Who is the 'father of broadcasting'?

Marchese Guglielmo Marconi (born April 25, 1874 - July 20, 1937) was an Italian inventor, considered to be the "father of the radio industry".

Marchese Guglielmo Marconi - Born the radio industry

  • Start trying out-of-field communications experiments when you're 20 years old
  • Won the Nobel Prize in physics
  • Stage of complete development

Start trying out-of-field communications experiments when you're 20 years old

He was born on April 25, 1874 in Bologna, Italy to a father of a wealthy businessman. His mother was a Protestant musician. When she was born, Marconi had oddly large ears that people had to say, "The ears can hear the sound of the air". Unexpectedly, later, his life and career associated with his radio career.

His mother trained him to be an obedient child, diligently reading the bible and playing the piano but his hobby was science. As a result of his acquaintance, he went to work as a typist at the post office, his main interest was in communication technology going far.

The first books he read were from the scientist Hecz about electromagnetic waves and he started trying far-field telemetry experiments at the age of 20.

In February 1896, he moved to London and later worked at a British telecommunications company. His career started from there.

Picture 1 of Who is the 'father of broadcasting'?
Electrical engineer / inventor Guglielmo Marconi.

In 1897, he transmitted a signal 14 km away. Thanks to those signals, an accident on the Strait of Manche. After his efforts, success has come to him. It was on December 12, 1901, that he conducted a long distance experiment with many signal lines that convinced many people. He demonstrated that radio waves can respond to layers in the atmosphere, explaining why radio waves can travel around the world.

In 1901, he transmitted the first wireless signal across the ocean from Poldhu, Cornwall - a county in southwest England to Signal Hill at St John's, Newfoundladn - now a Canadian-owned archipelago. . The distance between two points of receipt and receipt is about 3500 km.

Won the Nobel Prize in physics

In 1909, Marconi and Karl Fedinand Braun jointly received the Physics Prize for "contributions to the development of wireless communication technology".

At the age of 27, he became an honorary citizen of Rome.

Thanks to radio waves, many passengers in the sinking of the Titanic were rescued in 1912.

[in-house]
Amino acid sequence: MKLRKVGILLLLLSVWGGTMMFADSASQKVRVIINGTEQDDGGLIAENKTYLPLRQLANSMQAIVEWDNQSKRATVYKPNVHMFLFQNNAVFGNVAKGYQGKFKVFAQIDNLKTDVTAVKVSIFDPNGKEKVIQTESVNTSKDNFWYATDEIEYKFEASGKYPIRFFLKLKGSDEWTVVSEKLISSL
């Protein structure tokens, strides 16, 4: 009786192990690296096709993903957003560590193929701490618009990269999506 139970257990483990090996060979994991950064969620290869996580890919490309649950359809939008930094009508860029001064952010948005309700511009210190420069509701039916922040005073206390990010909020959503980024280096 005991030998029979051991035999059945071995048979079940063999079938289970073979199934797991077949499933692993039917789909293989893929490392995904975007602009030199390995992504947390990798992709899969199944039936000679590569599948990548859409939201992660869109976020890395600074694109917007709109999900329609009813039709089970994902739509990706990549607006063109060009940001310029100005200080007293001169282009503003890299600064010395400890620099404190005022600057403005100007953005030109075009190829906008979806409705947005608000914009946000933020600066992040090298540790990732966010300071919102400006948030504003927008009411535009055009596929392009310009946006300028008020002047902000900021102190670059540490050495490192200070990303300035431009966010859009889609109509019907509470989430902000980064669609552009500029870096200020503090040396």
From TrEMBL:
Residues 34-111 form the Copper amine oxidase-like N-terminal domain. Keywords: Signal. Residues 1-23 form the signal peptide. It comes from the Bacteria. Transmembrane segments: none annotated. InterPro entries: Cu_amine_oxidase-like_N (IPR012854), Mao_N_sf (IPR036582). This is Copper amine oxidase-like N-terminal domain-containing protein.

In 1930, he successfully created a reflective radio receiver, which was the basis for later Radar research and manufacture.

In 1937, he died. Britain's Times Daily said: 'When future historians study the early 20th century, perhaps they will regard Marconi as the greatest scholar of the century and will consider it worthy of his name. to name this century '.

Later in life, Marconi was an advocate of Italian Fascism and an advocate of their theory.

In addition to Marconi's case, his contemporaries Nikola Tesla and Nathan Stufflefield also received patents for radio transmitters in the United States.

Stage of complete development

The messages transmitted by radio waves are similar to long-short signals (Morse code). In the beginning, the signal generator was called "spark-gap machines" . It was developed to guide ships during docking or to keep in contact between ships. It's a way of transmitting signals between two points, but that's not the radio we see today.

The method of transmitting wireless signals by radio waves has proved its effectiveness in rescue and rescue in case of natural disasters. These wireless signal transmitters are installed on some ships.

In 1899, the US Navy established a wireless communication network between light ships off the island of Fire in New York State. Two years later, the US Navy officially adopted this radio radio communication system in the military, using it in parallel with video signal and pigeon communication.

In 1901, a telegraph service was established between five islands of the Hawaiian Islands. In 1903, the Marconi base station in Wellfleet, Massachusetts sent a welcome message from President Theodore Roosevelt to King Edward VII of England.

In 1905, reports of naval battles at Port Arthur during the Russo-Japanese War were transmitted via wireless telegraphy, and in 1906, the US Weather Forecast Department applied this method to improve the speed of weather forecast information transmission.

  • Who invented radio?
  • The Nobel Prize can sometimes be "lost".
« Prev post
Next post »